December 20, 2014

dlim's blog

Tax Policy in the President's Budget

In his Fiscal Year 2013 budget, President Obama proposes an array of tax proposals. Some of his suggestions are new and would move the country’s unfair, inefficient and overly complex tax system in a positive direction. But some of the most costly proposals are the ones we’ve seen many times before. Four points stand out in the tax proposals in the Obama budget:

The President's Proposal to Limit Itemized Deductions is Still a Great Idea

For the fourth time in four years, President Obama has tucked a little gem of a tax policy proposal into his budget: the proposal to limit the tax benefit of itemized deductions to 28 percent.  It’s a great idea because it would reduce a large tax subsidy (i.e., “tax expenditure”) for those who need it least, improve the economic efficiency of the tax code and raise revenues that could be used as part of a deficit-reduction package. Last year the Congressional Budget Office estimated the president's proposal would raise $293 billion over 10 years.

Debating the Payroll Tax Cut: The Difference Between Stimulus and Growth

The current debate over extending the payroll tax cut well demonstrates that policymakers often mean different things when referring to policies that “help” or “expand” the economy. I often hear the words “stimulus” and “growth” used interchangeably, but when economists use them, we typically are making a distinction between different economic goals that apply to different circumstances.

Bernanke on Going Big in Both Ways

NOTE: an earlier version of this post appears on EconomistMom.com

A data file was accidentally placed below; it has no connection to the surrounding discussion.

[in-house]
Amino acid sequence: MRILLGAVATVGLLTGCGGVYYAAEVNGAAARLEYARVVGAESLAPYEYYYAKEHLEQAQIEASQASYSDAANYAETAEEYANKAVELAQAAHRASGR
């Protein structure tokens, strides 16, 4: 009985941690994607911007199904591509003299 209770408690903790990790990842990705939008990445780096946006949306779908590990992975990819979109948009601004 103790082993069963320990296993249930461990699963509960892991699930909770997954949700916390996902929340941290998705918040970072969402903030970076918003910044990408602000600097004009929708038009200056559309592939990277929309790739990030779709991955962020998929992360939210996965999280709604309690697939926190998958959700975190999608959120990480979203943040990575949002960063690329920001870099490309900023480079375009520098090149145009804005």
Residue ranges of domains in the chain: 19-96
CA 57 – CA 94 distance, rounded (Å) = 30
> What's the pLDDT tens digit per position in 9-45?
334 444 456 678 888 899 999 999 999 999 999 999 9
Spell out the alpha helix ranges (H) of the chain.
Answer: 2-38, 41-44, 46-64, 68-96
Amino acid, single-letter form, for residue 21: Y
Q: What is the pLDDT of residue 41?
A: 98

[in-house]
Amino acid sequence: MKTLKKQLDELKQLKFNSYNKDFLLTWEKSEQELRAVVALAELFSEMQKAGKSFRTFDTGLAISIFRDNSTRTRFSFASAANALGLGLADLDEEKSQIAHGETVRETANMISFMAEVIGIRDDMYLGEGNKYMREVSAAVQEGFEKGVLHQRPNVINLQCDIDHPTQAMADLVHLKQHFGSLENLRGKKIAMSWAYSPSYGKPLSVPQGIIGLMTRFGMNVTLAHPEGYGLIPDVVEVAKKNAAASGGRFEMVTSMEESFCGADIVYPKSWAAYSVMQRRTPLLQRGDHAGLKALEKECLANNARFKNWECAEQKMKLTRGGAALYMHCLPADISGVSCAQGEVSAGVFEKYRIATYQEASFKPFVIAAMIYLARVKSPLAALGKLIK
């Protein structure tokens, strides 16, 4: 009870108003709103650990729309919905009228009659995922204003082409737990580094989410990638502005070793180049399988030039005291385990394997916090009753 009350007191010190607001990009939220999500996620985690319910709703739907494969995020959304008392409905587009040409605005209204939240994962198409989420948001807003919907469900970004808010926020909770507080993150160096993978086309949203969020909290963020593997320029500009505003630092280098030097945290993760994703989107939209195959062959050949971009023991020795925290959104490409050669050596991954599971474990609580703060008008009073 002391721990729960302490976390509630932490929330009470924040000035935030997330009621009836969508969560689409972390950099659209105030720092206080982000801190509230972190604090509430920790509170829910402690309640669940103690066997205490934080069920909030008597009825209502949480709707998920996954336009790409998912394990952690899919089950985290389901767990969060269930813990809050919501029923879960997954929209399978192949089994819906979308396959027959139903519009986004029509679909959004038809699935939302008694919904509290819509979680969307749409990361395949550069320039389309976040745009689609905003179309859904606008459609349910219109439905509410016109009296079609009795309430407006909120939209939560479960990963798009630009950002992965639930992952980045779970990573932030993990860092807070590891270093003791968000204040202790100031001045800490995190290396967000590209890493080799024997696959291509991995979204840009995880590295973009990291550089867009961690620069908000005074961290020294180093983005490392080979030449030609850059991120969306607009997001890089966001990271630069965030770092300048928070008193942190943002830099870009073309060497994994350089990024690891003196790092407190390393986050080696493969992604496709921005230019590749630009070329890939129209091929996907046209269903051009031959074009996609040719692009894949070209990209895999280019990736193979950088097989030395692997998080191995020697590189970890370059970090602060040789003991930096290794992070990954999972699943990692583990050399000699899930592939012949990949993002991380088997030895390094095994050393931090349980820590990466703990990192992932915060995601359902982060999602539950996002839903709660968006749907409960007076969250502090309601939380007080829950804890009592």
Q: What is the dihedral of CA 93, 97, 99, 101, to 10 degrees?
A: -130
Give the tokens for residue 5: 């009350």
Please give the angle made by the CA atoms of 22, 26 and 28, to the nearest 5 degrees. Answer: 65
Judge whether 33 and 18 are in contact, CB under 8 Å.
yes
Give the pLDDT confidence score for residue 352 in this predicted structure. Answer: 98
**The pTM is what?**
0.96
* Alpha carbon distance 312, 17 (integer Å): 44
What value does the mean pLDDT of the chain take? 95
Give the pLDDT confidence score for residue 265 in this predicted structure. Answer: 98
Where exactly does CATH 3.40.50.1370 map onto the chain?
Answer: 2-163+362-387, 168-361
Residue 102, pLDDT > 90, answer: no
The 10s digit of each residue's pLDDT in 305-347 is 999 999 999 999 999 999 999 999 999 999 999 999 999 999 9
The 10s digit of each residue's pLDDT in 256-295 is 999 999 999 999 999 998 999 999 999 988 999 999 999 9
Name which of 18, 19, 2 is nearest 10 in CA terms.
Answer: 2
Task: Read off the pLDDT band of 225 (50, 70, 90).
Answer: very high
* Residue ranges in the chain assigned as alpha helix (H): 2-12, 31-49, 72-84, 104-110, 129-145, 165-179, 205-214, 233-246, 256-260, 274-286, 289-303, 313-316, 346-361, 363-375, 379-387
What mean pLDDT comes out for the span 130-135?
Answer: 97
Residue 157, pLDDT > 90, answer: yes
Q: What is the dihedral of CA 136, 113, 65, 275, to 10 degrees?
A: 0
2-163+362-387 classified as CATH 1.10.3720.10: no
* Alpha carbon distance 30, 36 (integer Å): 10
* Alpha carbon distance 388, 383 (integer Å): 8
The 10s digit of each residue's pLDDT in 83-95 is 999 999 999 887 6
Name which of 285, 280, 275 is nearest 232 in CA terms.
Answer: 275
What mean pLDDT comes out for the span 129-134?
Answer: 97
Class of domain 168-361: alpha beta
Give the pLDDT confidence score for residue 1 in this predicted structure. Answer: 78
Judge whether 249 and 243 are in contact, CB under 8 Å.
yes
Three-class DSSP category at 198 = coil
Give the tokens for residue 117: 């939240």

Dynamic Deja Vu on Tax Policy

The “dynamic scoring” debate is back again.

Super Committee Republicans Already Showing More Willingness to Include Revenue-Side Solutions

The “no new taxes” pledge taken by Republicans in Congress has been a huge obstacle to achieving bipartisan agreement on a comprehensive deficit reduction plan. Many Republicans interpret the pledge as ruling out revenue increases of any kind, even those that close narrow loopholes and special interest deductions. The devotion seems to extend to a “grand bargain” for deficit reduction that would actually enact future cuts in tax rates, but pay for some of the revenue loss from those cuts by limiting deductions and loopholes.

How to Evaluate Economic Impacts of Proposed Tax Cuts

The biggest sticking point in the debt-limit talks has been the disagreement over tax policy.

Do You Believe in Magic -- or Deficit Reduction?

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Elected officials in both parties have made what I call “magical, mystery tax pledges” that are at odds with bipartisan approaches to serious deficit reduction:

Economic Report of the President Omits Some Important Points

Even if the new Economic Report of the President had actually discussed better ways to raise revenue or to make Social Security and Medicare programs more sustainable, it would have judiciously avoided using the controversial words “taxes” or “entitlements.”

The Rough Common Ground

By now we've seen a number of proposals for fiscal sustainability from groups with very different perspectives.